The XL was introduced with some new styling changes, most
notably to the grille, altering from a concave to a convex
shape with recessed headlights and bumper mounted indicators.
The tail lamps were revised and the rear roof line was
changed to reflect Ford's "Thunderbird" style theme, which in turn created a wider rear pillar and larger rear window.
But the most serious changes were made under the skin, with significant
mechanical upgrades - a new gearbox, clutch, starter,
air and oil filters - and an attempt to sort out the weak
front suspension (this attempt was hardly successful).
The modifications included fitting ball-joint front suspension, along with a stabiliser bar and improved braking. But perhaps most significant was the fact that the Australian facelifted Falcon went to market before the US iterations.
By now Ford was very much committed to making the Falcon a success, and by releasing the XL when they did, they were able to steal the march on the Generals new EJ model, beating them to launch by just a few days.
However the EJ Holden was rather more than a mere "facelift", which prompted Ford to boast that the XL Falcon had 734 new parts.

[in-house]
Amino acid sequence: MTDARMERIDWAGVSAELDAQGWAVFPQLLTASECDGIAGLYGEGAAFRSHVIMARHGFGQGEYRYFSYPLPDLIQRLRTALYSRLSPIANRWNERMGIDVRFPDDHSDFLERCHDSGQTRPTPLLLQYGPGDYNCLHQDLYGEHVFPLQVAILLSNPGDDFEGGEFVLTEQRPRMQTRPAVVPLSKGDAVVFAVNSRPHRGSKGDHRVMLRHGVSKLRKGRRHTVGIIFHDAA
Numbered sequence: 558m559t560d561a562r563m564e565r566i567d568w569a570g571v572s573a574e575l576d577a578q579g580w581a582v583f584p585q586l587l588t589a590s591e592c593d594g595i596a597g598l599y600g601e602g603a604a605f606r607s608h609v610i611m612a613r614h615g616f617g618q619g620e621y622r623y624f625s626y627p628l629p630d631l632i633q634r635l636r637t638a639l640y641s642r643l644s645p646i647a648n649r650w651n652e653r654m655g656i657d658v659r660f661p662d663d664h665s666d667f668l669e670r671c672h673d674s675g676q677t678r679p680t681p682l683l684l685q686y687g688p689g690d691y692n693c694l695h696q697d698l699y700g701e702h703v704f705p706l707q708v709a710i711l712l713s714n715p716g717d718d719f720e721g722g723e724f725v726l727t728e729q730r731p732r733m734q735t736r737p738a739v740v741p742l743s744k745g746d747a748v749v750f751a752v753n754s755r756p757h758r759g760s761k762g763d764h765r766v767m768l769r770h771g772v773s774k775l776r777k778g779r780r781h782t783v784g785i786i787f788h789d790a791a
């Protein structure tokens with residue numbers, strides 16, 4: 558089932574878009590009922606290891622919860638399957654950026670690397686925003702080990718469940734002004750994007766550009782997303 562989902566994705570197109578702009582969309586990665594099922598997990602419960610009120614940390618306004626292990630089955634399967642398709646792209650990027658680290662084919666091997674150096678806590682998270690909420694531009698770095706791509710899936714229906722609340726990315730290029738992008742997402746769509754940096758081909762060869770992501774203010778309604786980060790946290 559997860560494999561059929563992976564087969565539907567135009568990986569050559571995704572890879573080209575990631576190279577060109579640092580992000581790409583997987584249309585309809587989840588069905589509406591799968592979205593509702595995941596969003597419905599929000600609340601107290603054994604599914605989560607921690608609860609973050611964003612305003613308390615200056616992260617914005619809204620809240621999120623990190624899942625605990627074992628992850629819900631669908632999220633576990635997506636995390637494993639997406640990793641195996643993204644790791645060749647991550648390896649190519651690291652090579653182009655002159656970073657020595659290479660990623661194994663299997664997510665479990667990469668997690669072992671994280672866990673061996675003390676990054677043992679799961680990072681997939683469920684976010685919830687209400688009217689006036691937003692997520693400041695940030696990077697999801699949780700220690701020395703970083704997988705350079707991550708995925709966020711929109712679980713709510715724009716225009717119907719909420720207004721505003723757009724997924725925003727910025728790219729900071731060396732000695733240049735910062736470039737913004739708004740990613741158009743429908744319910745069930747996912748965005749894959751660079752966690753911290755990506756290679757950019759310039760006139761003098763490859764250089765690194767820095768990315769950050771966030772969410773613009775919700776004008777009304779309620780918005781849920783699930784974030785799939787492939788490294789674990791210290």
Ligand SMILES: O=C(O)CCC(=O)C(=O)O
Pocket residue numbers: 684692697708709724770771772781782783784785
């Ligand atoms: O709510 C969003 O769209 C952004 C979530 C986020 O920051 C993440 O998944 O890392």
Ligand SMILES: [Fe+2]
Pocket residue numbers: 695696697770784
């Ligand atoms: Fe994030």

The carburetors were modified to provide better fuel consumption, quieter engine operation and a higher top speed. Ford also claimed the higher second gear fitted to the manual gearbox gave better "flexibility" in traffic.
The XL would go on to out-sell the XK by over 7000 units, and Harry Firth and Bob Jane would go on to win the 1962 Armstrong 500
(the pre-cursor to the Bathurst 1000). Also introduced with the XL was the upmarket "Futura" model, along with a new marketing slogan, "Trim, Taut, Terrific".
Even the wagon would go upmarket, the Squire model being introduced, it fitted with Americana style fake wood (fiberglass) panels along each side. Strangely this would not prove to be the success, and the Squire would only carry over to the XM model before being dropped prior to the release of the XP.